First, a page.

I know, I know late again! Day #9 blog that is being posted on day 10.

I was listening to a groups of teenagers speaking with each other the other day and I was jerked into socio-linguist mode for the first time in many years.

When I was a furry Masters student at Australian National University , there was a paper presented by a friend of mine – more about her in a minute – where she discussed the possible reasons for upward inflection at the end of sentences by female teenagers.  Her findings were not taken very well by the predominantly male academic audience at the time.  It had to with levels of self-esteem, the need to feel validated and a sense of hesitancy and doubt in being accepted.

What I am talking about here is the tendency to lift the voice at the end of a sentence whether it is a question or not. It was very prevalent at during the 80s and 90s.  I guess it has been continuing as a speech pattern since then but I haven’t been really aware.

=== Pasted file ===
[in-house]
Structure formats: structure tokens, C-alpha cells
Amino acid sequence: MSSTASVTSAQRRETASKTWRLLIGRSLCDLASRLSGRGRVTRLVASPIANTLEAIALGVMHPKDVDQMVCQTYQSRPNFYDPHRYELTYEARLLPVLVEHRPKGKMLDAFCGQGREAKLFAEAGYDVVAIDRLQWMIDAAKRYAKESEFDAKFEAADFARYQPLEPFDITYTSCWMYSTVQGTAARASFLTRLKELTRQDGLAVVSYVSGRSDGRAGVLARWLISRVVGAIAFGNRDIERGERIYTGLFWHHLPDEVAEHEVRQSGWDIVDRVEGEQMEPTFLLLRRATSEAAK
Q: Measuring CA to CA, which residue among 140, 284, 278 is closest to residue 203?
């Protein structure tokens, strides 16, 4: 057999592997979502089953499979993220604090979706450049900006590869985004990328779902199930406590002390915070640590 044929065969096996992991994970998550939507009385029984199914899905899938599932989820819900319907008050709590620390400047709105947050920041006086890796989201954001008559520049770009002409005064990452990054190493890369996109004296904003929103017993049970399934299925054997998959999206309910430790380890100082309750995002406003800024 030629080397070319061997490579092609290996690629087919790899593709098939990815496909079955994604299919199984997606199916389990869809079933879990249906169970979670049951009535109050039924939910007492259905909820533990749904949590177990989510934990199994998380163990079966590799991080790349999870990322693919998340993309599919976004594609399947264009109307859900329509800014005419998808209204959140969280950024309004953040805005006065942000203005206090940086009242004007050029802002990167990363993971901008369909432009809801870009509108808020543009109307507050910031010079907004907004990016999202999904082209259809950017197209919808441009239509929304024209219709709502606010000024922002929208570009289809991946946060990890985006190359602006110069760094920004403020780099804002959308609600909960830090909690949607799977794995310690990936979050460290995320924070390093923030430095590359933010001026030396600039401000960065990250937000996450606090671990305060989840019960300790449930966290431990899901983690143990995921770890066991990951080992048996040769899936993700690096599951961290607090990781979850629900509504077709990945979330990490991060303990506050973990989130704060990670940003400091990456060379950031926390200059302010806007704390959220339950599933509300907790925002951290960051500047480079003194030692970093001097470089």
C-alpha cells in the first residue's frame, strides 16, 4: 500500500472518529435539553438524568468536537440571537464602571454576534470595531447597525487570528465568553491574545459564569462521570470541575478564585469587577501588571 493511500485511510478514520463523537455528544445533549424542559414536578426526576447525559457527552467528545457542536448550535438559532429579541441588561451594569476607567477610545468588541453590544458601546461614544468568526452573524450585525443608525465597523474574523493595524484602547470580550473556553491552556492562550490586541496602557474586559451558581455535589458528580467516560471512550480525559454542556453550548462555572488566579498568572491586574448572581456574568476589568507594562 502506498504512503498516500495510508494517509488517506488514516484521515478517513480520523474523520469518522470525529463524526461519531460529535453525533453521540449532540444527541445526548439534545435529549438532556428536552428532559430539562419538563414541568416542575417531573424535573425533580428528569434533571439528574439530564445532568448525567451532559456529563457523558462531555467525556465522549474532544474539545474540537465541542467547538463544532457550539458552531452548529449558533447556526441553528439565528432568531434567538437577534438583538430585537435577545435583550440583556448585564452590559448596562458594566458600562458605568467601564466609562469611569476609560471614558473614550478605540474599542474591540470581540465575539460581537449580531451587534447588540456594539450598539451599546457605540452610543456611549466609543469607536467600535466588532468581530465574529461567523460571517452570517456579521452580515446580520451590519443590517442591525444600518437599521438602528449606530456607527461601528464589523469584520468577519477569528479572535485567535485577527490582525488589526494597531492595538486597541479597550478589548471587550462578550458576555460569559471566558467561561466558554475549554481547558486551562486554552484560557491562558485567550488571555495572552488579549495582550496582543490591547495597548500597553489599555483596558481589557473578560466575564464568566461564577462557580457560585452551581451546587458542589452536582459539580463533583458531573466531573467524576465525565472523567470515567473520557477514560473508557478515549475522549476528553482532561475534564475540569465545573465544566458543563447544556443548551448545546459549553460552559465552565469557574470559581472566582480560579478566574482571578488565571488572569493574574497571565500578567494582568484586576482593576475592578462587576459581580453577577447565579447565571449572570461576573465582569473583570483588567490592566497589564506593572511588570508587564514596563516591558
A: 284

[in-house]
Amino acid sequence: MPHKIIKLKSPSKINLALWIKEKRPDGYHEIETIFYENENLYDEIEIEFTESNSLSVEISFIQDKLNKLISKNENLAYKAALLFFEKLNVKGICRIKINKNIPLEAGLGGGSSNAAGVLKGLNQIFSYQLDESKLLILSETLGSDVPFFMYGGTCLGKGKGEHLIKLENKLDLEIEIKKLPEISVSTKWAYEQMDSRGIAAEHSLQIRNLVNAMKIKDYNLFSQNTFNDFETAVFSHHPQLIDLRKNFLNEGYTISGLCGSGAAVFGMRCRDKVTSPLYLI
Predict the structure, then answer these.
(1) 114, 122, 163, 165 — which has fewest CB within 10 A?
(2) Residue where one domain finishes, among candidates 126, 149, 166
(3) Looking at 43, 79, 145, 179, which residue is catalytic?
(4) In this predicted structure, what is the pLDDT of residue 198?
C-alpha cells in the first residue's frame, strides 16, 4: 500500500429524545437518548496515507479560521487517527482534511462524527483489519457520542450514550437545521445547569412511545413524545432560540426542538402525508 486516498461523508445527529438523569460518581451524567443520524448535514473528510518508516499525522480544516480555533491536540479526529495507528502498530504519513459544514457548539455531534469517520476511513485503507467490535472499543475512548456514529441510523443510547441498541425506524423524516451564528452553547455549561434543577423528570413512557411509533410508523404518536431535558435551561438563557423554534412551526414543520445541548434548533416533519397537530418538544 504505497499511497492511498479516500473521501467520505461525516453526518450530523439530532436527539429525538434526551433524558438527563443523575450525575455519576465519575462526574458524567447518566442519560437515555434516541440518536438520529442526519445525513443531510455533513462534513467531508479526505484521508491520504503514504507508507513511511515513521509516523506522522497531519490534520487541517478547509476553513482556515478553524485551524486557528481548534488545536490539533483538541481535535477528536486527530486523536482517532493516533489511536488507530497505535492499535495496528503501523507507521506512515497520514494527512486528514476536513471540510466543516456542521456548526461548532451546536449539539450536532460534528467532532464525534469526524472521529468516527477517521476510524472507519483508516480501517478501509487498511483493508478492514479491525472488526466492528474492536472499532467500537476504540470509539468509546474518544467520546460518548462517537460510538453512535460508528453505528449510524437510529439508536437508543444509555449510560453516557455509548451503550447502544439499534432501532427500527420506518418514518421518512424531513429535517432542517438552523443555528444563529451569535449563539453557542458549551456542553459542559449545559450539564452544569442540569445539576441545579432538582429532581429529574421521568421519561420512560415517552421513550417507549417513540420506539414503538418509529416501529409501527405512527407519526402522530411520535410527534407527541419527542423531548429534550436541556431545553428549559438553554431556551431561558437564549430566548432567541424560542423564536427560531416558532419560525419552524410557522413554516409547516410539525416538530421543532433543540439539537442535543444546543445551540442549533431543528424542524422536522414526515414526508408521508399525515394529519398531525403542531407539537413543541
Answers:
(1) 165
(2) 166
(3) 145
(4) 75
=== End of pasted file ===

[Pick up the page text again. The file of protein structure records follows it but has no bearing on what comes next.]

McDonald’s have been legitimately training their staff for years to have a rising inflection in their tone and that’s perfectly valid because they are asking you a real question.

Just recently though, I had the opportunity to listen (no, I was not eavesdropping!) to a group of six or so teenagers.  I was startled to hear the boys in the group using the speech pattern that I had recognised as largely a female marker from that time in the distant past!

I admit this is true nerdsville but I can’t resist aligning this speech pattern with the overuse of the word ‘like’.  Many sentences/thoughts are diluted permanently by the damaging presence of ‘like’ inserted into every pause.

This would be a fascinating study to do!  The prevalence of ‘like’ and rising intonation in teenaged speakers of English. My friend is now an Associate Professor at Roskilde University.

The paper that she wrote morphed into a chapter in this book.

The language game : papers in memory of Donald C. Laycock

Until next time

Aunt Em